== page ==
ARventures created a video pitch to describe their concept.

The final team to pick entertainment as their chosen field took a slightly different angle. Their idea focused on the festival industry — one of the biggest growth markets in the UK.

Festival AR app
The festival industry is booming in the UK. From the established super festivals such as Glastonbury and Reading & Leeds; to the smaller, more specialist food and drink events that there’s been a surge of in recent years. The problems that individuals experience at these mass gatherings of people are generally the same. Long queues, bad signage, lost friends, no mobile coverage… the list goes on. The team decided to focus on how an AR app could help to solve these problems and give added benefit to festival goers. The three main areas the team focused on were; socialising & sponsorship, way-finding, and emerging technology.

Capitalising on emerging technology would be crucial for the other two areas to be feasible. Crowdsourcing information would allow the app to gain insight into the location of facilities at a particular festival and be able to heat map areas to give queue times. Understanding how bad signal and connectivity can be at events, the team decided to provide wifi services around the events to allow all connected devices to become hotspots — allowing all users to stay connected.

Wayfinding would help users locate facilities and each other. The users could search for a facility, person or specific event and a floating tag would pop up in the camera viewfinder to show users the way. This was demonstrated by an impressive demo in which the AR prototype hovered location tags on screen, showing the direction of the toilets within our office and of our Operations Director in the audience.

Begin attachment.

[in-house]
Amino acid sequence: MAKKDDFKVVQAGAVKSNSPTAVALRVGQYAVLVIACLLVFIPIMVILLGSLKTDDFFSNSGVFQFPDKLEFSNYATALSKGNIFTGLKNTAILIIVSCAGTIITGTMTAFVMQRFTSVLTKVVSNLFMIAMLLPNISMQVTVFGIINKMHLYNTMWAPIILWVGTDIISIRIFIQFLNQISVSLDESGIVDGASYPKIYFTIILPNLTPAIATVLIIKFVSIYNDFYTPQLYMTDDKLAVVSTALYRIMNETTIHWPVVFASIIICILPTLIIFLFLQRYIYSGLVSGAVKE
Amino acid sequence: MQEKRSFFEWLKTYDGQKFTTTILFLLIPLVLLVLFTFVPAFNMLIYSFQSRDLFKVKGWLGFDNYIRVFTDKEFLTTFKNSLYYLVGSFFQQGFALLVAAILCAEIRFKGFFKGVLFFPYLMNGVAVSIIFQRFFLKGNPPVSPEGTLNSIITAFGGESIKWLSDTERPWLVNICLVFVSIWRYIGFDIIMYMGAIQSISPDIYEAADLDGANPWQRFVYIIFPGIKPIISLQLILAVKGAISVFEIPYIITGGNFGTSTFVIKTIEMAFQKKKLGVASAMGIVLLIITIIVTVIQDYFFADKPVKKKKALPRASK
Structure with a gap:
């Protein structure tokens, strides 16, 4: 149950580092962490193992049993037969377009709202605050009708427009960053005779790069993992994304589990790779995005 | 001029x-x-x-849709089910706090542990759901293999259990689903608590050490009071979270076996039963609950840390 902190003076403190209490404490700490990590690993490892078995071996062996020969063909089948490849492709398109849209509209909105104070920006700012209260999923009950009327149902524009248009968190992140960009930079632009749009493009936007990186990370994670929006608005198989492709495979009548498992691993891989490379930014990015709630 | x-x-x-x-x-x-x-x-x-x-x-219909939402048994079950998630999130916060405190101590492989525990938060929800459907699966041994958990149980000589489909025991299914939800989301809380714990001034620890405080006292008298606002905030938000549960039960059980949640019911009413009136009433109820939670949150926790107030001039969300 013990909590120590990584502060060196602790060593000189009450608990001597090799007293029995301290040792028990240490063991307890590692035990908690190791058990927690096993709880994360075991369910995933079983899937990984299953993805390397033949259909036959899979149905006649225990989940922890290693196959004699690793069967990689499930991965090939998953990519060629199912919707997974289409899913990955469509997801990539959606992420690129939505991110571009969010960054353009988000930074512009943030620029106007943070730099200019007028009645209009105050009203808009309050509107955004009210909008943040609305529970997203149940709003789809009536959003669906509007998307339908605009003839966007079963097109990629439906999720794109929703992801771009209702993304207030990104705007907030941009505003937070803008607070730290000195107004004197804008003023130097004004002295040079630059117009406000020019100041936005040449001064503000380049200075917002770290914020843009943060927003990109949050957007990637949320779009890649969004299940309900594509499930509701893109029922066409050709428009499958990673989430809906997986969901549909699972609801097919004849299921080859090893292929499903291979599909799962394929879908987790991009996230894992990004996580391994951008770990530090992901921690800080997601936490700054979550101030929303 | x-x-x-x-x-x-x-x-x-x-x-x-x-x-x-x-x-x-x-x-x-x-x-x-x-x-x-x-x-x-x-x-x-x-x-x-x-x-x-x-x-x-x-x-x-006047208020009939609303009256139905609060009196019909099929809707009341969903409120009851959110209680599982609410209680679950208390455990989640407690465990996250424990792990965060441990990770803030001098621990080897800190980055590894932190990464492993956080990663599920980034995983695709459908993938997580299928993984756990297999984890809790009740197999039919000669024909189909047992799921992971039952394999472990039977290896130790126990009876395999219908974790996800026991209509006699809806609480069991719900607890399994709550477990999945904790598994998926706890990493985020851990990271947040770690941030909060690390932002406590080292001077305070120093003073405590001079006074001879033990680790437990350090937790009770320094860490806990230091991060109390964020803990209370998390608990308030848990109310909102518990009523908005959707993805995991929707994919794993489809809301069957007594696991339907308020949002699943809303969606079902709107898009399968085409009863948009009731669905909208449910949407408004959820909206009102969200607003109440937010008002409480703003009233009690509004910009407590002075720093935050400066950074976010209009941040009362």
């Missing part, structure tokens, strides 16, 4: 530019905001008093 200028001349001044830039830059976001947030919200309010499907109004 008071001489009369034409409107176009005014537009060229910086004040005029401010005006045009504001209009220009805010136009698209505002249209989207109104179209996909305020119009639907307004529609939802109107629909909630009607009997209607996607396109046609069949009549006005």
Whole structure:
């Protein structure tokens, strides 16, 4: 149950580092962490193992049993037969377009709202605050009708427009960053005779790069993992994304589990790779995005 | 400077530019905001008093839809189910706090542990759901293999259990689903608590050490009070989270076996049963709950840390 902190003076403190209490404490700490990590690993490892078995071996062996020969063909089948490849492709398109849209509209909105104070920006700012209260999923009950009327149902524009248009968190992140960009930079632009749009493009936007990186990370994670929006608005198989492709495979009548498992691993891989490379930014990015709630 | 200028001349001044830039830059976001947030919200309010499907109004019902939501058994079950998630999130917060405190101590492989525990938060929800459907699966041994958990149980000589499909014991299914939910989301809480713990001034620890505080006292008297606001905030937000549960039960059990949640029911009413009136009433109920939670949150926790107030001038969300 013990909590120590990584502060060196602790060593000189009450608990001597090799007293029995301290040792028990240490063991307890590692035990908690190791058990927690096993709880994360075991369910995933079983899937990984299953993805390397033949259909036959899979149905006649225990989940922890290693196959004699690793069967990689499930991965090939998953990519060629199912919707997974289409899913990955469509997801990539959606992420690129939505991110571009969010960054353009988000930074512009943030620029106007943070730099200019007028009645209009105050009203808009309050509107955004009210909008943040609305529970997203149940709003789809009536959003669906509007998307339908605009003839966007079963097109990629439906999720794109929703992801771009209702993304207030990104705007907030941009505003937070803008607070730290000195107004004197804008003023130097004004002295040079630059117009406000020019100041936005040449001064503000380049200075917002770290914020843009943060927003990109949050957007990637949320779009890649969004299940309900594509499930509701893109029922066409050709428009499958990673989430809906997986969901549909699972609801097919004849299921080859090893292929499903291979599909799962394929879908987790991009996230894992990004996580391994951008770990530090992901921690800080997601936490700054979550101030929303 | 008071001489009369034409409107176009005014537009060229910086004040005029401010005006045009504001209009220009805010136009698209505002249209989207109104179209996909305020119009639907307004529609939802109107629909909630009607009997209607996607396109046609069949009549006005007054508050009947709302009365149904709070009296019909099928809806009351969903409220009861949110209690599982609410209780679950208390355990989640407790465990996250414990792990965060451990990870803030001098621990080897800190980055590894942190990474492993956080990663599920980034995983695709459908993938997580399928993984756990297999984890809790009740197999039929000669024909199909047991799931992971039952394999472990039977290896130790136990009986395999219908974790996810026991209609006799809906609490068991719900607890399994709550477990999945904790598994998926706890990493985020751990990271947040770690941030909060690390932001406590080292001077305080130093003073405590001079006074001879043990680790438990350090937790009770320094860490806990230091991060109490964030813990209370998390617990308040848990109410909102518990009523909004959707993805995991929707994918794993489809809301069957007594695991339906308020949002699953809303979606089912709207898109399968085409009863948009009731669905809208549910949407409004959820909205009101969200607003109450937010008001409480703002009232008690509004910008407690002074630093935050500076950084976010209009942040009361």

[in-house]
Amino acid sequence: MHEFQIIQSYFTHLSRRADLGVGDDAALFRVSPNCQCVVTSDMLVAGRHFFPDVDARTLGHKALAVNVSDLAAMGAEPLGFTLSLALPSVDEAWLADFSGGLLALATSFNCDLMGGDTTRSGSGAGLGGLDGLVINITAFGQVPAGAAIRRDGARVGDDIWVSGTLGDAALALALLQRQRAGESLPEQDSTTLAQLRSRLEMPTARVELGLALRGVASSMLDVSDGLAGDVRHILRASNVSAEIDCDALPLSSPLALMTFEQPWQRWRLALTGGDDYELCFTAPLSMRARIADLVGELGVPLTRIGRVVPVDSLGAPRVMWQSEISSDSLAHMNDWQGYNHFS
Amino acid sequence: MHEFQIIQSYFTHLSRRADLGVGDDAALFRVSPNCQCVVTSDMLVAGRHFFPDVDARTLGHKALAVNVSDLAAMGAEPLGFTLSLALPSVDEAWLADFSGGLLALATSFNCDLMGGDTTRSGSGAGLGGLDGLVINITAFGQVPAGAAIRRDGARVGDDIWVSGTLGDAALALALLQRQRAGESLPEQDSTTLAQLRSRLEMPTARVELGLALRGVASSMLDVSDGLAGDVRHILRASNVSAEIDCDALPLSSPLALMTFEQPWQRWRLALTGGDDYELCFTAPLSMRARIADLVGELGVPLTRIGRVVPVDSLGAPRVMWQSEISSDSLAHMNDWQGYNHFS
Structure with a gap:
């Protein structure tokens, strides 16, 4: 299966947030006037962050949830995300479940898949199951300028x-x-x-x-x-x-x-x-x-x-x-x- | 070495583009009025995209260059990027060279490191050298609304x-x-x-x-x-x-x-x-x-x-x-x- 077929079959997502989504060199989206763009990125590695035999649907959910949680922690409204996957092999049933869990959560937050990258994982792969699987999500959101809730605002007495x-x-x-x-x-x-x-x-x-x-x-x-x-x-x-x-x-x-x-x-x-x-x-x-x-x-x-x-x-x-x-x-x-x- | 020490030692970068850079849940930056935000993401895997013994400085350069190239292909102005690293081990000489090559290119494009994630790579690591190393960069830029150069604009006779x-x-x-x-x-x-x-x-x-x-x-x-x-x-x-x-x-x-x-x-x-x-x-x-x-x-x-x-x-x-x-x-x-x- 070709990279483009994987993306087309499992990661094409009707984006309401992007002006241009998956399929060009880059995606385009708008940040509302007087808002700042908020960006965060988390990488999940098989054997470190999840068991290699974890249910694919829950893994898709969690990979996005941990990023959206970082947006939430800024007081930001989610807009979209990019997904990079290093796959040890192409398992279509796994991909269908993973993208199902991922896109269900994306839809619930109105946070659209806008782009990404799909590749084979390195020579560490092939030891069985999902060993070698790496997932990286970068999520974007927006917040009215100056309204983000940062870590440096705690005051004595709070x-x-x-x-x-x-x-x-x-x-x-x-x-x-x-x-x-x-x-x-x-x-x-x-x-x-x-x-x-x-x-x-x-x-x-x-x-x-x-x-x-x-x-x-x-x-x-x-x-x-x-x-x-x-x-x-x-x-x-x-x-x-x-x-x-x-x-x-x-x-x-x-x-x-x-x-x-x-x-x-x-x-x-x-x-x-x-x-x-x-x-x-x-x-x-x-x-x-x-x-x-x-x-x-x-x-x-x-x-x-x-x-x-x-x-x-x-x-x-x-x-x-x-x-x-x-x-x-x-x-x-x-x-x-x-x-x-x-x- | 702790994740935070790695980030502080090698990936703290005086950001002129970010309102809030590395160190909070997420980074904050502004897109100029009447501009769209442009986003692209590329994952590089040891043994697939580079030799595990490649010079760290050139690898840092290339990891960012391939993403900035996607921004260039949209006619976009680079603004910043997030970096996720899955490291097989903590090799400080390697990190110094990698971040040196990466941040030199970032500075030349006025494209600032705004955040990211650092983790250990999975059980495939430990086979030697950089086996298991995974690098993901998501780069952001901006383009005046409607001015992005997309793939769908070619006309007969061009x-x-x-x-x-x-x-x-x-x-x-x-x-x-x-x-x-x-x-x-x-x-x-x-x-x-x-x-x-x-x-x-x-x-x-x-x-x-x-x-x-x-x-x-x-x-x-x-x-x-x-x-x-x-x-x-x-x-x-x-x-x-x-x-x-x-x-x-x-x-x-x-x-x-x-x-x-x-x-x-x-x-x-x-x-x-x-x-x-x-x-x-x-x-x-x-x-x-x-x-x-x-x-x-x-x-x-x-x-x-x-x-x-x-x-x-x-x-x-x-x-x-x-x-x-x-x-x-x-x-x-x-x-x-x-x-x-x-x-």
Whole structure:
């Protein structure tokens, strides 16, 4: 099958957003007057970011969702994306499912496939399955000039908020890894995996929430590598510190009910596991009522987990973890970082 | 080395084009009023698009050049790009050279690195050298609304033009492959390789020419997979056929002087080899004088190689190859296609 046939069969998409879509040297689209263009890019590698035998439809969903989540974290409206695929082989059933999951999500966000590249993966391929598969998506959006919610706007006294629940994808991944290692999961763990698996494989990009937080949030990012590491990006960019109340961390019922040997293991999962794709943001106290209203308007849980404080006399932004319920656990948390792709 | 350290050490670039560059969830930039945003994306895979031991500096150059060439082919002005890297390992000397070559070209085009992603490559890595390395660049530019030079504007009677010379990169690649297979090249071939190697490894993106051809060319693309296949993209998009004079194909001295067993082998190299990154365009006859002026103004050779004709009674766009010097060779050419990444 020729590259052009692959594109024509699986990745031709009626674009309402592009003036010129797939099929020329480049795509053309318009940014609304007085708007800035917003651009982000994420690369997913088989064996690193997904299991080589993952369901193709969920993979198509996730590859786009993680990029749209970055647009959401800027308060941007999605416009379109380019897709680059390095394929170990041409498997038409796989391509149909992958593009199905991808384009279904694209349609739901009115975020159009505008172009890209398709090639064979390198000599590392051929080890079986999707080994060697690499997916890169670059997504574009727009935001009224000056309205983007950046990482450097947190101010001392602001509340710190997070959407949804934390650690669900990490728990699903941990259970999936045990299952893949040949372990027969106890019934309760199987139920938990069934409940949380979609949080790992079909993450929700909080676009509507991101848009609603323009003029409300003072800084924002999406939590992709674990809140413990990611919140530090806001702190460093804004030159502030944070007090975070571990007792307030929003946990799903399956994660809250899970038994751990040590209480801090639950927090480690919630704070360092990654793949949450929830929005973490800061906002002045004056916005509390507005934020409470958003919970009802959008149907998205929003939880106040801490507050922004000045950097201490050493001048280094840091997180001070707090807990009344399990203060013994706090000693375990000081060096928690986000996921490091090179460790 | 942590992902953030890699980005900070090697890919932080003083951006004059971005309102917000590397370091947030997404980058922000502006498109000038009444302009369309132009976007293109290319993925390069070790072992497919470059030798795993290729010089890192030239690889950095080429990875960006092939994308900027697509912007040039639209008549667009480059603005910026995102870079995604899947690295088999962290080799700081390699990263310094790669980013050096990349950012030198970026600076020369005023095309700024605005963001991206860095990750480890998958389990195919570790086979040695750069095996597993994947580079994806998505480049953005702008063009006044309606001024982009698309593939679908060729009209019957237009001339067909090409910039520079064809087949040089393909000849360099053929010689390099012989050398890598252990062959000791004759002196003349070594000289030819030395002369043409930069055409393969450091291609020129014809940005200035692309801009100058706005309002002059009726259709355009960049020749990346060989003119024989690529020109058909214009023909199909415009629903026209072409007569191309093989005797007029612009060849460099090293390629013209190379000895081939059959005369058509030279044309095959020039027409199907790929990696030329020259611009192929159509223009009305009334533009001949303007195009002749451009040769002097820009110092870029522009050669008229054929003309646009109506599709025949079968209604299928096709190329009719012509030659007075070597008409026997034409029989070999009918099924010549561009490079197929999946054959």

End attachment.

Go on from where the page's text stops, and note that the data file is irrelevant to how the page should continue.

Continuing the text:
Socialising was pushed throughout, allowing users to connect through social media so that they could see where their friends were, ping them to meet up or even see things that they have marked to do at the event. Sponsorship could also be another revenue stream and the team demonstrated the commercial viability by talking about brand sponsorships with some of Mediabrand’s brand partners including Carlsberg, GoPro, and Spotify.

 

And the winners are…

After much deliberation from the judges, considering the commercial viability, innovation, usefulness of the concept AND the quality of the pitch and presentation, the winners were announced! And the winning team was… The Festival AR app! Judges were particularly impressed by the slick pitch from our Commercial Director Tom King and the faultless demonstration of the proposed tech by iOS developer Matt Collis. The overall concept impressed the judges due to its commercial viability — using Mediabrands’ brands to form brand partnerships, and it’s future vision in terms of white-labelling the app to gain full festival sponsorships.

Congratulations to the entire team – Tom King, Ryan French, David Higgs, Matt Collis, Sara Massaccesi and Ryan Dixon  – for their amazing efforts.